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How Saudi Crown Prince Mohammed bin Salman went from pariah to pragmatic diplomat

Polly Thompson   

How Saudi Crown Prince Mohammed bin Salman went from pariah to pragmatic diplomat
  • Saudi Crown Prince Mohammed bin Salman is trying to transform the oil-rich Persian Gulf kingdom.
  • After a rocky start, he's gained confidence on the world stage and launched bold diplomatic shifts.

Saudi Crown Prince Mohammed bin Salman is on a mission to transform his country.

He's spending huge amounts of money to reduce Saudi Arabia's reliance on oil revenues and future-proof its economy. But he's also drawing attention for unexpected diplomatic maneuvers and cultural reforms in a still conservative nation.

Here's how Saudi Arabia's effective leader got to where he is today.

Crown Prince Mohammed didn't grow up expecting to rule

Born in 1985 as the seventh son to King Salman and his third wife, Fahda bint Falah al-Hithlain, the crown prince was not far up in line for the throne. Unlike his US-educated brothers, he went to King Saud University, where he studied for a bachelor's in law, before shadowing his father as a state minister.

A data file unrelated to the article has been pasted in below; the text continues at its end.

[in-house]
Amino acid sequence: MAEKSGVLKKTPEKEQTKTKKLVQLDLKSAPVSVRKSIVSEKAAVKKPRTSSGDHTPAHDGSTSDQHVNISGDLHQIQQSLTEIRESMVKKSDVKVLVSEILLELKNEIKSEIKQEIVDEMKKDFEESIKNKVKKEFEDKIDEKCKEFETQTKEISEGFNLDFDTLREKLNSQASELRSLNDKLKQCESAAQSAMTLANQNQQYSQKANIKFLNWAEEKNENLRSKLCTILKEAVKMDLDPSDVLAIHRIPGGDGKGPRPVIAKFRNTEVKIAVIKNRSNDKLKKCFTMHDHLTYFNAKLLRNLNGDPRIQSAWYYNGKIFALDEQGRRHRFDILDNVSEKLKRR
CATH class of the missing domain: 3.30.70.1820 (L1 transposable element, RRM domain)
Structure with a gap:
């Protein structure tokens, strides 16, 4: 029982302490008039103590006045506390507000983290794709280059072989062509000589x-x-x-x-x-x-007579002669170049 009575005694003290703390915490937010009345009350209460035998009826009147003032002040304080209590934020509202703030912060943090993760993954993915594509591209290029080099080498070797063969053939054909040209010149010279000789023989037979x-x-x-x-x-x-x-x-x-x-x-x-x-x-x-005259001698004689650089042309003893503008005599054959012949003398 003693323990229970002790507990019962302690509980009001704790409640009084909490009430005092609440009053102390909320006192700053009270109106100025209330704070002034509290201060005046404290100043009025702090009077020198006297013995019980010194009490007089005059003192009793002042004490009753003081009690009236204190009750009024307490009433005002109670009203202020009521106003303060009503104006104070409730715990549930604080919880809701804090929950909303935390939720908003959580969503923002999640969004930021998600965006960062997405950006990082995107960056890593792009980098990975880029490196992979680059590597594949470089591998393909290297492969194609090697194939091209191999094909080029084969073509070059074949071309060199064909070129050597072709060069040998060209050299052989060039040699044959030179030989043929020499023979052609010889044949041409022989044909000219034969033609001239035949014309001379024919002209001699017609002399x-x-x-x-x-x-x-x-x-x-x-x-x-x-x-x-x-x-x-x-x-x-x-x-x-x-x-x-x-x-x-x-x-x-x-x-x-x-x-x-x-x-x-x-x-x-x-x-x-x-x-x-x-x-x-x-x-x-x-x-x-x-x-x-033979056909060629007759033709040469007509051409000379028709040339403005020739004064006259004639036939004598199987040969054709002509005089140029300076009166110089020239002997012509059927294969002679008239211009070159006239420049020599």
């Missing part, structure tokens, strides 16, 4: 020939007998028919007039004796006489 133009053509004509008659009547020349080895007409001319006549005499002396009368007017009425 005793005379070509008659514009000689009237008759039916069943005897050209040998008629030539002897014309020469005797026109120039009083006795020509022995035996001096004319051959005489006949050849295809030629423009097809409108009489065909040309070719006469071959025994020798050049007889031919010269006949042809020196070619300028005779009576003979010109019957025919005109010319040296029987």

With limited responsibility at this point, the crown prince spent some of the $1.4 trillion the House of Saud is estimated to be worth on yachts, residences, and art.

In 2015, when King Salman took the throne, he made the country's effective leader — his favorite son — deputy crown prince. Two years later, he became crown prince following the dismissal of Muhammad bin Nayef, the king's nephew. King Salman, 87, gave up the title of prime minister last year and handed it to Crown Prince Mohammed.

The crown prince is a "workaholic" who spends 18 hours a day in his office, The Guardian reported, but he's also known to relax by gaming, diving, or DJing with friends.

'Rash decision-making'

Crown Prince Mohammed has come quite a way since 2015.

From entering what would become a disastrous conflict in Yemen that year, to the dramatic power play two years later when he ordered 400 members of the Saudi elite rounded up and detained in the Ritz-Carlton hotel in Riyadh, his early years as crown prince were characterized by a "spate of rash decision-making," Chris Doyle, the director of the Council for Arab-British Understanding, said.

Eight years on, the crown prince has grown into his role, Doyle said: "He is more experienced in terms of regional dynamics, his policies are more thought out, and he has decided that Saudi must fix its problems with its neighbors."

Further purges of clerics, intellectuals, and royal-family members have helped cement Crown Prince Mohammed's grip on power.